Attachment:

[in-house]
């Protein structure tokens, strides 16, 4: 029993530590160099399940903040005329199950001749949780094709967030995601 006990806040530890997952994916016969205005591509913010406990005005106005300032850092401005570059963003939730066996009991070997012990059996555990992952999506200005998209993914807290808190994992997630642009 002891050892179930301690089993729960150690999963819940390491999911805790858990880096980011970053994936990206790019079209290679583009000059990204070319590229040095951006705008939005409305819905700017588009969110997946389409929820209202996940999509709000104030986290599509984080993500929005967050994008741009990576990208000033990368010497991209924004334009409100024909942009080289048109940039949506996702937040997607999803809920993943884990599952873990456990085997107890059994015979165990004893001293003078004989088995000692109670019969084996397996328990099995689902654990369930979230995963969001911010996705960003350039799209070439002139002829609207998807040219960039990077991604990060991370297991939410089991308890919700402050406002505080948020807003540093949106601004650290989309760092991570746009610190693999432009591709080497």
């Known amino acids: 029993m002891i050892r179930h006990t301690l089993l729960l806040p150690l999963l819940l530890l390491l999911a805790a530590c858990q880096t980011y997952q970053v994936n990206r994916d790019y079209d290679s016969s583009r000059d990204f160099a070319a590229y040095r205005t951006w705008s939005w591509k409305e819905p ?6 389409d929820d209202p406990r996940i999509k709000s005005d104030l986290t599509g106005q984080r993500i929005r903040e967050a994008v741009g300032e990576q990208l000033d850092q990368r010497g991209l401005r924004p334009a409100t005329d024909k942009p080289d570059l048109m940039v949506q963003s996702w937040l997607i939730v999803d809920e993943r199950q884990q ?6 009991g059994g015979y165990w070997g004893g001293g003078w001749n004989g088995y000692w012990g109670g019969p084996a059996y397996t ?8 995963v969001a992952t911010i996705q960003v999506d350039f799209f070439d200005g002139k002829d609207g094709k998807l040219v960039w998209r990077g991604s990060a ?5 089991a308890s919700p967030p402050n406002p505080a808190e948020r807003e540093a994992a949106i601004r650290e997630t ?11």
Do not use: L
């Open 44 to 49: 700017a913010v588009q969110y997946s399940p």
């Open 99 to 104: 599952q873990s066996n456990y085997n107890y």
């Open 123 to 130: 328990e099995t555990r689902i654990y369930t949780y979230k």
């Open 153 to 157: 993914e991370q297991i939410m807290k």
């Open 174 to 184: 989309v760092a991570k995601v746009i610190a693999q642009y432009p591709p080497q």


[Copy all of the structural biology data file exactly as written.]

[in-house]
């Protein structure tokens, strides 16, 4: 029993530590160099399940903040005329199950001749949780094709967030995601 006990806040530890997952994916016969205005591509913010406990005005106005300032850092401005570059963003939730066996009991070997012990059996555990992952999506200005998209993914807290808190994992997630642009 002891050892179930301690089993729960150690999963819940390491999911805790858990880096980011970053994936990206790019079209290679583009000059990204070319590229040095951006705008939005409305819905700017588009969110997946389409929820209202996940999509709000104030986290599509984080993500929005967050994008741009990576990208000033990368010497991209924004334009409100024909942009080289048109940039949506996702937040997607999803809920993943884990599952873990456990085997107890059994015979165990004893001293003078004989088995000692109670019969084996397996328990099995689902654990369930979230995963969001911010996705960003350039799209070439002139002829609207998807040219960039990077991604990060991370297991939410089991308890919700402050406002505080948020807003540093949106601004650290989309760092991570746009610190693999432009591709080497």
């Known amino acids: 029993m002891i050892r179930h006990t301690l089993l729960l806040p150690l999963l819940l530890l390491l999911a805790a530590c858990q880096t980011y997952q970053v994936n990206r994916d790019y079209d290679s016969s583009r000059d990204f160099a070319a590229y040095r205005t951006w705008s939005w591509k409305e819905p ?6 389409d929820d209202p406990r996940i999509k709000s005005d104030l986290t599509g106005q984080r993500i929005r903040e967050a994008v741009g300032e990576q990208l000033d850092q990368r010497g991209l401005r924004p334009a409100t005329d024909k942009p080289d570059l048109m940039v949506q963003s996702w937040l997607i939730v999803d809920e993943r199950q884990q ?6 009991g059994g015979y165990w070997g004893g001293g003078w001749n004989g088995y000692w012990g109670g019969p084996a059996y397996t ?8 995963v969001a992952t911010i996705q960003v999506d350039f799209f070439d200005g002139k002829d609207g094709k998807l040219v960039w998209r990077g991604s990060a ?5 089991a308890s919700p967030p402050n406002p505080a808190e948020r807003e540093a994992a949106i601004r650290e997630t ?11």
Do not use: L
């Open 44 to 49: 700017a913010v588009q969110y997946s399940p």
């Open 99 to 104: 599952q873990s066996n456990y085997n107890y």
């Open 123 to 130: 328990e099995t555990r689902i654990y369930t949780y979230k």
């Open 153 to 157: 993914e991370q297991i939410m807290k």
């Open 174 to 184: 989309v760092a991570k995601v746009i610190a693999q642009y432009p591709p080497q």